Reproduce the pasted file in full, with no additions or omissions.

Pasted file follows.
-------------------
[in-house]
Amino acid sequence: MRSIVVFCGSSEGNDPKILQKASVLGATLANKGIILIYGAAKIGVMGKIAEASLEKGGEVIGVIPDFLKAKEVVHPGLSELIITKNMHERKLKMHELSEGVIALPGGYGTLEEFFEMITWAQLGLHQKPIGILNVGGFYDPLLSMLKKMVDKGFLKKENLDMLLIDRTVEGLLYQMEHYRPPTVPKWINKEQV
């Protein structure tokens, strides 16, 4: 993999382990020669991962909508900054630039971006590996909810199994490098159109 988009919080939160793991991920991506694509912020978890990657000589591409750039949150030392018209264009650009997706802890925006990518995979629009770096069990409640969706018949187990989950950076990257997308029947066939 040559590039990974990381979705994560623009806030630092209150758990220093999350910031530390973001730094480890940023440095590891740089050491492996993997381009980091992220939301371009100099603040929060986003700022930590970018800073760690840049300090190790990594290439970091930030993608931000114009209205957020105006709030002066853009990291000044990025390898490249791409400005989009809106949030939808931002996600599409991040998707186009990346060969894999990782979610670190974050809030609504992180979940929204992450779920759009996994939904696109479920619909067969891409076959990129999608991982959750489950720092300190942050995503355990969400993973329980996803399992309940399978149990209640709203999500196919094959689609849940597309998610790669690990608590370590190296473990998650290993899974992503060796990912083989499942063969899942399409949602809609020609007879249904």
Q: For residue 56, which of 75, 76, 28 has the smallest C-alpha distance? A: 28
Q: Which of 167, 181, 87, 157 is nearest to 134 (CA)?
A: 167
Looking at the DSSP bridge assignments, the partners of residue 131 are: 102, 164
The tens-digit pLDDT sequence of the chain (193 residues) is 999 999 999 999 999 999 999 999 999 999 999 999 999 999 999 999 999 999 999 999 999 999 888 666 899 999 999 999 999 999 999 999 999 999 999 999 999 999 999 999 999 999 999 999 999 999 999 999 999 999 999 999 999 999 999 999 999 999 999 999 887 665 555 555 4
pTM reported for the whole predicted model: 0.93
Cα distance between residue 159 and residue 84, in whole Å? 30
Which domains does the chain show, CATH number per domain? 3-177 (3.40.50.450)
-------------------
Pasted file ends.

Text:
[in-house]
Amino acid sequence: MRSIVVFCGSSEGNDPKILQKASVLGATLANKGIILIYGAAKIGVMGKIAEASLEKGGEVIGVIPDFLKAKEVVHPGLSELIITKNMHERKLKMHELSEGVIALPGGYGTLEEFFEMITWAQLGLHQKPIGILNVGGFYDPLLSMLKKMVDKGFLKKENLDMLLIDRTVEGLLYQMEHYRPPTVPKWINKEQV
């Protein structure tokens, strides 16, 4: 993999382990020669991962909508900054630039971006590996909810199994490098159109 988009919080939160793991991920991506694509912020978890990657000589591409750039949150030392018209264009650009997706802890925006990518995979629009770096069990409640969706018949187990989950950076990257997308029947066939 040559590039990974990381979705994560623009806030630092209150758990220093999350910031530390973001730094480890940023440095590891740089050491492996993997381009980091992220939301371009100099603040929060986003700022930590970018800073760690840049300090190790990594290439970091930030993608931000114009209205957020105006709030002066853009990291000044990025390898490249791409400005989009809106949030939808931002996600599409991040998707186009990346060969894999990782979610670190974050809030609504992180979940929204992450779920759009996994939904696109479920619909067969891409076959990129999608991982959750489950720092300190942050995503355990969400993973329980996803399992309940399978149990209640709203999500196919094959689609849940597309998610790669690990608590370590190296473990998650290993899974992503060796990912083989499942063969899942399409949602809609020609007879249904």
Q: For residue 56, which of 75, 76, 28 has the smallest C-alpha distance? A: 28
Q: Which of 167, 181, 87, 157 is nearest to 134 (CA)?
A: 167
Looking at the DSSP bridge assignments, the partners of residue 131 are: 102, 164
The tens-digit pLDDT sequence of the chain (193 residues) is 999 999 999 999 999 999 999 999 999 999 999 999 999 999 999 999 999 999 999 999 999 999 888 666 899 999 999 999 999 999 999 999 999 999 999 999 999 999 999 999 999 999 999 999 999 999 999 999 999 999 999 999 999 999 999 999 999 999 999 999 887 665 555 555 4
pTM reported for the whole predicted model: 0.93
Cα distance between residue 159 and residue 84, in whole Å? 30
Which domains does the chain show, CATH number per domain? 3-177 (3.40.50.450)